2. I wanted to fit in.  So when the other guys in Eigenmann Hall invited me with statements like "Awright!  We're gonna see some breasts!", I could hardly refuse.

3. College Avenue Adult Books sold In Touch and Mandate magazines, with pictures of naked men, but I had never heard of any gay porn films, so this was the only way I could ever see a film with penises.

Turns out that Deep Throat wasn't that bad.

It's a comedy, with humorous dialogue and parodies of self-help fads, and the sex is not much more explicit than the mainstream movies of the 1970s.  Linda Lovelace finds that she cannot have an orgasm through conventional heterosexual intercourse.   She sees a doctor (porn star Harry Reems), who recommends the alternative "deep throat."  It works, so she practices again and again and again.

With a series of enormously endowed men.

Eventually she marries the most super-endowed.

So: not much heterosexual intercourse, few naked ladies, and lots of penises.  What more could you ask for?

I'm not recommending that you rush out and see Deep Throat; we have other options now, thousands of all-male porn films, countless pictures of nude men on the internet.

But when you grow up in utter silence, where same-sex desire is beyond the boundaries of what can be conceived, even heterosexual porn can provide a glimpse of freedom.

See also: Peter Berlin; Do You Have Anything Gay?

Oct 13, 2014

My Grandmother's Surprising Gay Connection

My Grandma Davis was an ultra-devout fundamentalist Christian who always carried her worn study Bible, corresponded with a dozen missionaries, and got angry at the "hippies and radicals" she saw on tv.  Yet she seemed remarkably nonchalant about my junior high boyfriend Dan, and when we broke up, she found a new boy for me to "go around with."

When she died, during my sophomore year in high school, we had to sort through her  possessions.  I found an old trunk in the attic with surprising evidence that she had encountered gay people before.  It contained:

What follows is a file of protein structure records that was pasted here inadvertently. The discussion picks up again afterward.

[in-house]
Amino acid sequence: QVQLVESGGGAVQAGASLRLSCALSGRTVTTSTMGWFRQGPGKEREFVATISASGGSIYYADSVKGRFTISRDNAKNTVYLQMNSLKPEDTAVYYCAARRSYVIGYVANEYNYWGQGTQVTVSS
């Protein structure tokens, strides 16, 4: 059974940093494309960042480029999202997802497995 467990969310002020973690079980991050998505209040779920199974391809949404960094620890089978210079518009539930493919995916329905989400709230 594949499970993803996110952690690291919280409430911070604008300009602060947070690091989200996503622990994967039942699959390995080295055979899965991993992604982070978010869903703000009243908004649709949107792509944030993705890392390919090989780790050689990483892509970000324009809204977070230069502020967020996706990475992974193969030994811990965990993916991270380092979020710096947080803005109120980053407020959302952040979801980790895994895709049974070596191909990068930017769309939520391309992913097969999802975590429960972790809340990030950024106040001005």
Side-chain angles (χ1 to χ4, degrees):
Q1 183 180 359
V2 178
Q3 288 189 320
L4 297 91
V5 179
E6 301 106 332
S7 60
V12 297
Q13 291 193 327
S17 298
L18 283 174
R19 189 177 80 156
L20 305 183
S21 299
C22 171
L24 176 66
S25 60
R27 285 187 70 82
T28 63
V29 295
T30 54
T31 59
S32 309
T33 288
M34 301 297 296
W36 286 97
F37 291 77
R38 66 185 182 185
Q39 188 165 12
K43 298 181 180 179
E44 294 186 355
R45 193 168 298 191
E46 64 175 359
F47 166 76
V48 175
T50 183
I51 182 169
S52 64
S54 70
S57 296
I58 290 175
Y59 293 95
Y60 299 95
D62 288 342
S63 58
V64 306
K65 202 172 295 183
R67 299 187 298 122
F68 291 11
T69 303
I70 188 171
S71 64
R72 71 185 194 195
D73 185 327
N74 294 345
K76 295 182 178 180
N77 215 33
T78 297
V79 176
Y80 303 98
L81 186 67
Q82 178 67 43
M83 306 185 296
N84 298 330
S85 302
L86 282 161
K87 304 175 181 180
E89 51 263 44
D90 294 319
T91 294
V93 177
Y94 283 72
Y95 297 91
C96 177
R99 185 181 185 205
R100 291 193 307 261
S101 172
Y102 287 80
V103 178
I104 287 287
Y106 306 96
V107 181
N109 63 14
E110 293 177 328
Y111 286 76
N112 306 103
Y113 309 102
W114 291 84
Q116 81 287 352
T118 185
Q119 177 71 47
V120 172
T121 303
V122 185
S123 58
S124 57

1. Jazz records: Hoagy Carmichael, Louis Armstrong, Fats Waller, Duke Ellington, Bix Beiderbecke.

2. Some paintings: a young woman with long red hair, wearing a blue evening gown and pearls; a still life; an old-fashioned cottage with a huge back yard covered with flowers, labeled "Devon."  When was Grandma Davis in Devon?



3. Some photographs of men, hugging, holding each other. One in a swimsuit, with a smooth, hard chest, standing on a beach, his arm around a taller, blond guy in a U.S. navy uniform (top photo).

Another of two very muscular, shirtless guys, one in white chinos, the other in overalls, apparently holding hands. (I asked for and got to keep them both.)

Dad could explain the music: "When your Grandma was younger, she was big into jazz.  Always going to concerts."

And the paintings:  "Right after high school, must have been in 1921, she went down to Indianapolis to art school.  Then, for some reason, she suddenly dropped out and went back home to Rome City.  That summer, 1923, she got saved at a Nazarene camp meeting, and married your Grandpa. "




John Herron Art Institute, Indianapolis
I wondered what compelled a young woman to abandon her studies, her art, and her friends, shut them all away in a trunk in the attic for 52 years?

Did it have something to do with the hugging men?

Dad didn't know who they were.

A couple of years later, when I was in college, her younger brother Harry came to Thanksgiving dinner at Aunt Nora's house.  He was only ten when Grandma went to Indianapolis, but he remembered that their parents disapproved:



Indiana Dunes
"This was during Prohibition, and Gracie and her friends went wild, with hooch and jitterbugging -- two things Nazarenes hate most.  It makes sense that she would want to hide away memories of her old, sinful life after she converted."

"But...who were the hugging men?"  I showed him the pictures.

"This one looks like a fellow she knew from art school, Carl something or other.  She brought him up to Rome City a couple of times. The others are probably his friends.  Oscar, maybe. I remember one time they all went skinnydipping up at Indiana Dunes, and got arrested, and Pop told her not to associate with such 'vulgarians' again, but of course she didn't listen."

Vulgarians?  Code for "gay"?  I looked in a directory of Indiana artists, but didn't find any Carl or Oscar from Indianapolis who was the right age.




Wood Woolsey